Wrong Turn 3: Left for Dead (2009) Review

wrong turn 3

A disappointing follow-up to the grisly entertainment of Wrong Turn 2, this cheap piece of junk is one of the worst in the backwoods mutant category. It may have helped just a little bit if there were more mutants than just “three-finger” and his offspring “three-toe,” who is decapitated too soon. Flawed beyond belief, Wrong Turn 3¬†does whatever it can to fail. The logic of characters and the sad CGI make this an embarrassment. Especially when the CGI is used to split a guy into thirds. Sharknado could fly circles around this garbage. [rating: $1] – Kenyon

V/H/S (2012)

A muddled mess is this “collection” of found footage within found footage. Although, sometimes it’s impossible to know if some scenes are supposed to be found footage from the camera or just the character’s viewpoint to see what they see (the lines are crossed when a stooge wears glasses with a built in video cam). Either way, the idea of characters finding VHS tapes with bizarre recordings is there, but it’s way too poorly executed to have any soul or substance. Basically V/H/S is groups of people being moronic and/or immature and then getting sliced up for no reason other than shock value. The forced interference effects of the shaky cams hinder any chance of this possessing authenticity. More like S/H/T or M/E/S/S. [rating: $1] – Kenyon

Lake Mungo (2008, Australia) More like Lake DUMBO. This melodramatic “mockumentary” about the haunting of a drowned girl serves to pleasure itself by showing a ghost in camera footage that is later discovered to be faked. Eff us, right? The second half is more confusing than the first, adding blurry camera phone clips and more dull as hell commentary from people who knew the girl. Serious material like this needs to be handled better. [rating: $1] –Kenyon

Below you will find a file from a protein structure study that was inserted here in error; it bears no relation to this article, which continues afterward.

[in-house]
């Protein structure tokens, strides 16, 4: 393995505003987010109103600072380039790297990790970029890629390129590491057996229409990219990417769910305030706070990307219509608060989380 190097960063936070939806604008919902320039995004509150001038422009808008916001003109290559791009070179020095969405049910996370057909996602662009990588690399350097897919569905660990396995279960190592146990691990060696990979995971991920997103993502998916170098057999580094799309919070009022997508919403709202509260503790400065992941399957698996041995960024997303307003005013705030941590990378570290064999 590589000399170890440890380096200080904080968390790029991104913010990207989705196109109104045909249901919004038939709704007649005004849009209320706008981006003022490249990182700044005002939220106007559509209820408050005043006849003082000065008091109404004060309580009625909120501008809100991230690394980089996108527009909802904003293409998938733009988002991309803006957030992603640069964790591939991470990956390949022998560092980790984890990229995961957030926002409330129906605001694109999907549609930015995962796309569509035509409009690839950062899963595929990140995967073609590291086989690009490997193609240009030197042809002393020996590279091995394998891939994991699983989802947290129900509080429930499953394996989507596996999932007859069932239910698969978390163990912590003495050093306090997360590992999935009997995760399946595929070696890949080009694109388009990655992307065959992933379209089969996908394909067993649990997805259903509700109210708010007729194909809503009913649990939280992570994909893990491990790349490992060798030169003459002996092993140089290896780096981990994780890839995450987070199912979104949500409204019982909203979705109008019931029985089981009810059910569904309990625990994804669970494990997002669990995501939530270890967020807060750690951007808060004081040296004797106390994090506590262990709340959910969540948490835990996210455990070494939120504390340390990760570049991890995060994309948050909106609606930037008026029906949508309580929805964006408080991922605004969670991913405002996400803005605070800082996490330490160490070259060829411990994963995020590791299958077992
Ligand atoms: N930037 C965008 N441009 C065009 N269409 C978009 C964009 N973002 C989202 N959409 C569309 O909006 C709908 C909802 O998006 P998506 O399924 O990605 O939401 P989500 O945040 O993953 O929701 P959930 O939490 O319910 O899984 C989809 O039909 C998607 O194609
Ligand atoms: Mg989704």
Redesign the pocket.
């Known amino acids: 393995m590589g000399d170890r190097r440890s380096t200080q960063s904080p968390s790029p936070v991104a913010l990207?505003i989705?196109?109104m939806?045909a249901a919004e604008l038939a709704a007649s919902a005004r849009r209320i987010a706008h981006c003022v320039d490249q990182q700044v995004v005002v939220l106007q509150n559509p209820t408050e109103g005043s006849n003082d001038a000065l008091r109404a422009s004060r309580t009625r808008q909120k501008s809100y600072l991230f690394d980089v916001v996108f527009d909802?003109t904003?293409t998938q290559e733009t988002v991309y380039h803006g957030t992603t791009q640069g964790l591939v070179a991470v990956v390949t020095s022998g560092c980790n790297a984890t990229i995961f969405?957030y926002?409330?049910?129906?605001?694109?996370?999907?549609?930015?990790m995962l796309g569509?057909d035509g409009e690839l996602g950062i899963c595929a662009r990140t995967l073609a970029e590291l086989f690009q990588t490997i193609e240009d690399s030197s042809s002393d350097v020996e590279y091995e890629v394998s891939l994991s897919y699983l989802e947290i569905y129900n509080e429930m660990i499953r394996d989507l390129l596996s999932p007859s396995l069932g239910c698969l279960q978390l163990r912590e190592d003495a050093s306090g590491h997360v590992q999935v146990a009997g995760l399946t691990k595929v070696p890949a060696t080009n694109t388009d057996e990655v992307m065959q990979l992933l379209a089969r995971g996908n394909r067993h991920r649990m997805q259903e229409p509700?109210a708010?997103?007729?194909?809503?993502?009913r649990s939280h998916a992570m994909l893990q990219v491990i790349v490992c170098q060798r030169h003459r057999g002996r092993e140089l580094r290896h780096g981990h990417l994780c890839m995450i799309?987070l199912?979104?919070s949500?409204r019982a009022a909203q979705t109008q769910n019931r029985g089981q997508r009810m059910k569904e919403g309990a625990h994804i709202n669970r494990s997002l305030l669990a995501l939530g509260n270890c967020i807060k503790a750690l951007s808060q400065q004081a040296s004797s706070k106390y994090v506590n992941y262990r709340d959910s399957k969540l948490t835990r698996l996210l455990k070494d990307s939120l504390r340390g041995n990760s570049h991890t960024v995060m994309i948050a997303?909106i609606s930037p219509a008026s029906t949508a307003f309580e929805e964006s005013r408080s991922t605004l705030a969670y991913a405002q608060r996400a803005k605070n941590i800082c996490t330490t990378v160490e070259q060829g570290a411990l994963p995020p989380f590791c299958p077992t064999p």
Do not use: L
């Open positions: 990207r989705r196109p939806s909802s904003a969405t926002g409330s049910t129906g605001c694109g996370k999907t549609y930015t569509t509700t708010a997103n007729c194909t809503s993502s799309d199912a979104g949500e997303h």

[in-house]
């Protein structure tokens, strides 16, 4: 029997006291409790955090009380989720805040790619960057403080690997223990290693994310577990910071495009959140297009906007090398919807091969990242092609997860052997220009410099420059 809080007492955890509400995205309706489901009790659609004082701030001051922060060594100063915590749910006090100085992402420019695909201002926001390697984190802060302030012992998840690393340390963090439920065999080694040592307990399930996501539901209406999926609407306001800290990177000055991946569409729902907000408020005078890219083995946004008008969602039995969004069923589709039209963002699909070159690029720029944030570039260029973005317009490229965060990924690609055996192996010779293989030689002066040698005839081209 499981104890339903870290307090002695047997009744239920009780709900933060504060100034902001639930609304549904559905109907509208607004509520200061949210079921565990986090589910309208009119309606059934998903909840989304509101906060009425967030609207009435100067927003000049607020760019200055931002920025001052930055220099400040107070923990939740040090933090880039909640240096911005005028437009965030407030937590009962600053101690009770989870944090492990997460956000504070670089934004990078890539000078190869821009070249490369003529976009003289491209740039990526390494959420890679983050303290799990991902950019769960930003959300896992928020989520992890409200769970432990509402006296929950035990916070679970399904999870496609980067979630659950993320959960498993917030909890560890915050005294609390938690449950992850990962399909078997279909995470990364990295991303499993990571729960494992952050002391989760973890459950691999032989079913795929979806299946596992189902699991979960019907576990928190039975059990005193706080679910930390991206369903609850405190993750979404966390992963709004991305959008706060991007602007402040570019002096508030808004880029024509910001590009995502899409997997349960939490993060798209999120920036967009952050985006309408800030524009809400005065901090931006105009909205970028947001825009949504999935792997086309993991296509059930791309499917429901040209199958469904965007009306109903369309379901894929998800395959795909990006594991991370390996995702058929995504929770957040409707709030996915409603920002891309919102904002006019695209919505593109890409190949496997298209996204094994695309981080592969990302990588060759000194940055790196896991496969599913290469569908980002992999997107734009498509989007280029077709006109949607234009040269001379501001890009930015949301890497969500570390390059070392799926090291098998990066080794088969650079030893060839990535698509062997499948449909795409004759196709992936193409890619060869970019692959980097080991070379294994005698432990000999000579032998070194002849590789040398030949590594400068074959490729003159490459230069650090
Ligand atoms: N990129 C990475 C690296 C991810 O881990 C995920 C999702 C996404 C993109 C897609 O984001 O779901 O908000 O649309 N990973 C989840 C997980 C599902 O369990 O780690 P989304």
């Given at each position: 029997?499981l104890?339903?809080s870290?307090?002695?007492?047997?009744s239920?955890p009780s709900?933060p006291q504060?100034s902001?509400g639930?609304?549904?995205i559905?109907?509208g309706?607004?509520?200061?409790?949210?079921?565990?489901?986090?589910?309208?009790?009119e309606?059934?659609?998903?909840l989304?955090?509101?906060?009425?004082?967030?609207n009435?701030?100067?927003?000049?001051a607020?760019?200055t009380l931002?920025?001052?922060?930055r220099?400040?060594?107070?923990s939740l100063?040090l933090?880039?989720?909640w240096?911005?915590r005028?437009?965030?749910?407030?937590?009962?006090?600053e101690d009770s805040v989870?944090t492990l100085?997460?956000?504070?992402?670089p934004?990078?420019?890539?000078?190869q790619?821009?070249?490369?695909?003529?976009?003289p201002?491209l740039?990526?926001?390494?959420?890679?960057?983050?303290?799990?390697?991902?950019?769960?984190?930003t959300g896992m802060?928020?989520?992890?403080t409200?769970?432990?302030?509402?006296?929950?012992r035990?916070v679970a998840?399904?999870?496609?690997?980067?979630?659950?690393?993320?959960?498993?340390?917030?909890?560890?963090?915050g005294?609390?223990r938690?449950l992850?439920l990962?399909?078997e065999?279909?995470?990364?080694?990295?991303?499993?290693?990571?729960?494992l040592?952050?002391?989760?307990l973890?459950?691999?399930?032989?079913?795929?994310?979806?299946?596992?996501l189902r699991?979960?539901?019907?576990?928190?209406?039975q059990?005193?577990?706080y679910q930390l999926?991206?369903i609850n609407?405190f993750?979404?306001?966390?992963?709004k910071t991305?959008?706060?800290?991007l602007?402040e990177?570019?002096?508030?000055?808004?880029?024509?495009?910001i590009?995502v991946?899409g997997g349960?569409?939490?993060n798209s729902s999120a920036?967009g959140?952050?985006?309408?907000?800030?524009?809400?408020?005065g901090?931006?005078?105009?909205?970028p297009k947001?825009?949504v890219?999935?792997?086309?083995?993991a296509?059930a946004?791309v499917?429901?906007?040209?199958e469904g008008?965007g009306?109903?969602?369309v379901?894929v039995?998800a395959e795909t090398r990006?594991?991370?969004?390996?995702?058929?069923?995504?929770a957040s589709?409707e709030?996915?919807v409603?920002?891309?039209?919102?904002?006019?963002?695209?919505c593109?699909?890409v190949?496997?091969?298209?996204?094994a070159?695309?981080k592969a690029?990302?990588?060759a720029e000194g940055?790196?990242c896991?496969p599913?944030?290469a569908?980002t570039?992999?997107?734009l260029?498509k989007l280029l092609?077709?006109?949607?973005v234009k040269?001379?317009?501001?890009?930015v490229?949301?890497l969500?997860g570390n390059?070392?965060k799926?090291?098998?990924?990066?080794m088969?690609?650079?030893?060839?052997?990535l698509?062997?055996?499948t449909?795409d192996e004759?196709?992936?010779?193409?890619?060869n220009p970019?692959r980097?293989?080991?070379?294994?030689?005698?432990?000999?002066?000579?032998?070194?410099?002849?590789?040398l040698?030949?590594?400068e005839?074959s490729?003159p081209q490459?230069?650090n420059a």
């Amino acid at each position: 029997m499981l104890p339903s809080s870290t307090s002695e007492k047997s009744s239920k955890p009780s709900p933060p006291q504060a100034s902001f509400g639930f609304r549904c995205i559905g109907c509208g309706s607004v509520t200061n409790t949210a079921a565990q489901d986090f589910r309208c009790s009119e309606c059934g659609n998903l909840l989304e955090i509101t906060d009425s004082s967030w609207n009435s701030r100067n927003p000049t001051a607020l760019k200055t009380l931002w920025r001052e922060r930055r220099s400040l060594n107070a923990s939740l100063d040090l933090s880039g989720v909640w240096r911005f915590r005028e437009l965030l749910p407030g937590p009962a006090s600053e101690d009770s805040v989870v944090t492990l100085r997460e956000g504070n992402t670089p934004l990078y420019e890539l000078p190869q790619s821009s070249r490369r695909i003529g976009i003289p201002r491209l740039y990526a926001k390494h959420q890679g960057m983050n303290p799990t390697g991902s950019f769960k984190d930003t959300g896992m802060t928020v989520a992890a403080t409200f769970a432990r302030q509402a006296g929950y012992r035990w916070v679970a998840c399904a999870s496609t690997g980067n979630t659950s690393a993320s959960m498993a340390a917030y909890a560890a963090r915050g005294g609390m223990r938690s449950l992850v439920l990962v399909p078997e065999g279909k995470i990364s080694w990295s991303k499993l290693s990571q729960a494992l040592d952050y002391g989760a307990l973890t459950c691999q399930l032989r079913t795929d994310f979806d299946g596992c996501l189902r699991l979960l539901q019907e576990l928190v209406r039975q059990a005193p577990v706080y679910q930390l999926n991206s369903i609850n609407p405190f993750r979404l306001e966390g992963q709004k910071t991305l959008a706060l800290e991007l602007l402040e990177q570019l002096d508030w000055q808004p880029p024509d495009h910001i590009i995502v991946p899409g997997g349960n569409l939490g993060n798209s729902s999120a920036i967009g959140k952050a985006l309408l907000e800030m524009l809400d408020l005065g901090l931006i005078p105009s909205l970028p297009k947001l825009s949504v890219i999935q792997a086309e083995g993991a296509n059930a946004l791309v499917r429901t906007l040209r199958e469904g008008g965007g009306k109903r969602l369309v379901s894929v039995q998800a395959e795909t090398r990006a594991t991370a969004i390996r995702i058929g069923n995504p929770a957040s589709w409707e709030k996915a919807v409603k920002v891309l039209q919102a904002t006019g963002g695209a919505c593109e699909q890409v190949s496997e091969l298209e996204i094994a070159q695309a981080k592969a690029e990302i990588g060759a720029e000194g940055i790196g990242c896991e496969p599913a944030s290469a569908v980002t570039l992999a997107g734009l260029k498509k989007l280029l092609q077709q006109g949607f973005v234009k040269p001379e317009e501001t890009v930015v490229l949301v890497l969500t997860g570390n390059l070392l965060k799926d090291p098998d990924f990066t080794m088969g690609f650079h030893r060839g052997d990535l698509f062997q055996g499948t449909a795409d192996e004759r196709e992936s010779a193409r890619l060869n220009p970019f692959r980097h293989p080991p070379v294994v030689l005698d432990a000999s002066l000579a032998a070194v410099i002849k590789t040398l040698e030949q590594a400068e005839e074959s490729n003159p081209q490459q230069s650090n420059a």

The Cavern (2005)

The Cavern (2005) Ruined by unlikeable characters and a ludicrous ending, the Cavern sets a new low for horror set in the underground. A group of adventurers, whose passion for cave exploration is hardly believable, find a cave that has never been explored. It happens to be a year after their friend DIED in a cave during one of their outings. But that doesn’t stop them from going into a big hole in the middle of nowhere! A creature–which we don’t see much of till the end–has apparently been dwelling in the cave, surviving for years without eating people, until now (just like the Boogens!). When its identity is revealed, the Cavern only digs itself into a deeper hole (ha!). Let’s just say that there’s no way the creature would have the strength to push large boulders like it does. [rating: $1] –Kenyon

Body Shop (1973)

Body Shop (aka Doctor Gore) Even though it’s only 75 minutes, the truly terrible Body Shop could easily be edited down to 15. Every scene and every motion drags at a lumbering pace, which doesn’t help when half the plot is unclear. This seems to be the case though–a woman dies and her lover, a mad scientist, reforms her from body parts of other women. That’s where the body shopping and chopping comes in, and admittedly for the early 70s, this is gory stuff. However, even that slicing off of legs, etc, moves super slowly. These operations are assisted by a mute hunchback weirdo whose job is to dispose the unused body parts in acid. After the girl is assembled, she and her creator spend at least 15 minutes in the film getting “acquainted”. Plans for the doctor, however, go sour and before you know it the doctor is in a jail cell while his girl is out roaming the world meeting new people. Something like that. [rating: $1] –Kenyon